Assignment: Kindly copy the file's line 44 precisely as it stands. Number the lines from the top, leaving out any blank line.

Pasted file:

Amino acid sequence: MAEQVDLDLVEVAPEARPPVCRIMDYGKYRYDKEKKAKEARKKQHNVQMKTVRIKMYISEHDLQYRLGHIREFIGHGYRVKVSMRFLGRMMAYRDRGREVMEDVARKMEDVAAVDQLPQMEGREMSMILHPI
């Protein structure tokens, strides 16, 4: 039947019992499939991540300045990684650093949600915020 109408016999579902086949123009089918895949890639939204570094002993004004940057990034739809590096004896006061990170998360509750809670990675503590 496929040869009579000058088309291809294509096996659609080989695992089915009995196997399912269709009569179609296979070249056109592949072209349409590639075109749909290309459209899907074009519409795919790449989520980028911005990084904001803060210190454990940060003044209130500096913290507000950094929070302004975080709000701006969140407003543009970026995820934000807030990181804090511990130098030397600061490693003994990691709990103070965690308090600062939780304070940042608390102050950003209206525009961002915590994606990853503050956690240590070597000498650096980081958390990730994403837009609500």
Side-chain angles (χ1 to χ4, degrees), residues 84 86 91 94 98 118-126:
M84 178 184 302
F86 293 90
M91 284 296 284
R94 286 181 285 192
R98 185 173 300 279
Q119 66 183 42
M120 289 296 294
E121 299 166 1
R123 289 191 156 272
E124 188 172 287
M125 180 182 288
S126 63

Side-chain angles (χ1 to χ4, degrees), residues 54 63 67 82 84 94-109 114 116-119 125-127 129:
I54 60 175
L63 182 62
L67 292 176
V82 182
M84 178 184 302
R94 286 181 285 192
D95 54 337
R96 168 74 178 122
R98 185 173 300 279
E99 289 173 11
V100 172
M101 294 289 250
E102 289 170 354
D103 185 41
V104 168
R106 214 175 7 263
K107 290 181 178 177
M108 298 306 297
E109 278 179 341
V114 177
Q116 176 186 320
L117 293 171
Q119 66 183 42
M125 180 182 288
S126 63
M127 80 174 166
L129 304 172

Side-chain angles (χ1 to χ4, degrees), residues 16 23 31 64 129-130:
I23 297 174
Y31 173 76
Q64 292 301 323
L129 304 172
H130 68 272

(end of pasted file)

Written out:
Side-chain angles (χ1 to χ4, degrees), residues 16 23 31 64 129-130: